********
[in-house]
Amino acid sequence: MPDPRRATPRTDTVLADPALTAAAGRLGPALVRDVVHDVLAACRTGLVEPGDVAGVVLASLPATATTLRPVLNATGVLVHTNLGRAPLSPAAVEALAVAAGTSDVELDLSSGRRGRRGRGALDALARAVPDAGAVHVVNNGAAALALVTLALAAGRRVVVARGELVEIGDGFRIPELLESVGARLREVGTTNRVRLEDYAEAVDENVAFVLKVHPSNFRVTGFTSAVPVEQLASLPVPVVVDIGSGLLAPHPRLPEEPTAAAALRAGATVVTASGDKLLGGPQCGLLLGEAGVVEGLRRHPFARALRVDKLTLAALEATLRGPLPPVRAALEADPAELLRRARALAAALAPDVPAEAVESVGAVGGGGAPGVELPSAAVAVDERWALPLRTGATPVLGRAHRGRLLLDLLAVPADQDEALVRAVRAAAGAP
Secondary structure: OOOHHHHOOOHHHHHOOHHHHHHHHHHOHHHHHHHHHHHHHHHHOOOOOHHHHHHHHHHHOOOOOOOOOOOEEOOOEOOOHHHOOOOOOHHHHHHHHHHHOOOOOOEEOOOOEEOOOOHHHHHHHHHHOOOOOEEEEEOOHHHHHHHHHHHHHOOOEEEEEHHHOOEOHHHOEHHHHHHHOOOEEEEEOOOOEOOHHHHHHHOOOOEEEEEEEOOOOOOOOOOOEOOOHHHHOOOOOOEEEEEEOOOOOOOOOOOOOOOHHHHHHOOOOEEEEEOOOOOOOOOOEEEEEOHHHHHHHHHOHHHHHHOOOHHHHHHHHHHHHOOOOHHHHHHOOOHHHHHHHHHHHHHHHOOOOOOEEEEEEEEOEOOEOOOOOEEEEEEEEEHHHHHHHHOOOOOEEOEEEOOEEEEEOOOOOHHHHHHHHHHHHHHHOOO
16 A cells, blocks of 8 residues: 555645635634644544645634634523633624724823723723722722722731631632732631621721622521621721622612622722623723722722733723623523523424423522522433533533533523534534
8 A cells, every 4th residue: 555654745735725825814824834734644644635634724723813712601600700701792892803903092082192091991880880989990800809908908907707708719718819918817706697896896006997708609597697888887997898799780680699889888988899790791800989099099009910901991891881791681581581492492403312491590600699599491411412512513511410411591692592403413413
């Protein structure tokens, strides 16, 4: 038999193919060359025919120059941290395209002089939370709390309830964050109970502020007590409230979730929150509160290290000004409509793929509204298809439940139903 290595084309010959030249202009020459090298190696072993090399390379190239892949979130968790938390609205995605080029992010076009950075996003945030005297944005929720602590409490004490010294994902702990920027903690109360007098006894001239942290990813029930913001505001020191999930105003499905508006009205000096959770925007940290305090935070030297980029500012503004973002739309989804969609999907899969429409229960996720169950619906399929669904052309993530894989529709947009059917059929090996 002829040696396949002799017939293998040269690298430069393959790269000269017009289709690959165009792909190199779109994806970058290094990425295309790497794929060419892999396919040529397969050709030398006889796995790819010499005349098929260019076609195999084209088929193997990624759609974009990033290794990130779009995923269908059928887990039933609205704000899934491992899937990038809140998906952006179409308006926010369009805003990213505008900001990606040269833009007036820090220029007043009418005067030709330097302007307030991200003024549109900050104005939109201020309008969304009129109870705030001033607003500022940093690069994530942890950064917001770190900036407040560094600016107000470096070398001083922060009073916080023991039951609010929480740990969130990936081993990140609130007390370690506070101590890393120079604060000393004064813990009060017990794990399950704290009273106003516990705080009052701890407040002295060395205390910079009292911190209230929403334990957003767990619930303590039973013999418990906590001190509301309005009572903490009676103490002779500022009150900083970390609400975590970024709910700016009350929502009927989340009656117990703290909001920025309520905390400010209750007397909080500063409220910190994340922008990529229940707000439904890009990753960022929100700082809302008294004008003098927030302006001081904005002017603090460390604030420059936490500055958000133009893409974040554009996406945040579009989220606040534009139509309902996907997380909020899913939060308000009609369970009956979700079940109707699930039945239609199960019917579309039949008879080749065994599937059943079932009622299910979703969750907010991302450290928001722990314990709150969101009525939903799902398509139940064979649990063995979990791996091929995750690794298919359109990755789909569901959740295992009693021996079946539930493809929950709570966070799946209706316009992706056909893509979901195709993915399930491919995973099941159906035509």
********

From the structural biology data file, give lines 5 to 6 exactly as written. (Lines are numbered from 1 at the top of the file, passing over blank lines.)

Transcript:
8 A cells, every 4th residue: 555654745735725825814824834734644644635634724723813712601600700701792892803903092082192091991880880989990800809908908907707708719718819918817706697896896006997708609597697888887997898799780680699889888988899790791800989099099009910901991891881791681581581492492403312491590600699599491411412512513511410411591692592403413413
């Protein structure tokens, strides 16, 4: 038999193919060359025919120059941290395209002089939370709390309830964050109970502020007590409230979730929150509160290290000004409509793929509204298809439940139903 290595084309010959030249202009020459090298190696072993090399390379190239892949979130968790938390609205995605080029992010076009950075996003945030005297944005929720602590409490004490010294994902702990920027903690109360007098006894001239942290990813029930913001505001020191999930105003499905508006009205000096959770925007940290305090935070030297980029500012503004973002739309989804969609999907899969429409229960996720169950619906399929669904052309993530894989529709947009059917059929090996 002829040696396949002799017939293998040269690298430069393959790269000269017009289709690959165009792909190199779109994806970058290094990425295309790497794929060419892999396919040529397969050709030398006889796995790819010499005349098929260019076609195999084209088929193997990624759609974009990033290794990130779009995923269908059928887990039933609205704000899934491992899937990038809140998906952006179409308006926010369009805003990213505008900001990606040269833009007036820090220029007043009418005067030709330097302007307030991200003024549109900050104005939109201020309008969304009129109870705030001033607003500022940093690069994530942890950064917001770190900036407040560094600016107000470096070398001083922060009073916080023991039951609010929480740990969130990936081993990140609130007390370690506070101590890393120079604060000393004064813990009060017990794990399950704290009273106003516990705080009052701890407040002295060395205390910079009292911190209230929403334990957003767990619930303590039973013999418990906590001190509301309005009572903490009676103490002779500022009150900083970390609400975590970024709910700016009350929502009927989340009656117990703290909001920025309520905390400010209750007397909080500063409220910190994340922008990529229940707000439904890009990753960022929100700082809302008294004008003098927030302006001081904005002017603090460390604030420059936490500055958000133009893409974040554009996406945040579009989220606040534009139509309902996907997380909020899913939060308000009609369970009956979700079940109707699930039945239609199960019917579309039949008879080749065994599937059943079932009622299910979703969750907010991302450290928001722990314990709150969101009525939903799902398509139940064979649990063995979990791996091929995750690794298919359109990755789909569901959740295992009693021996079946539930493809929950709570966070799946209706316009992706056909893509979901195709993915399930491919995973099941159906035509």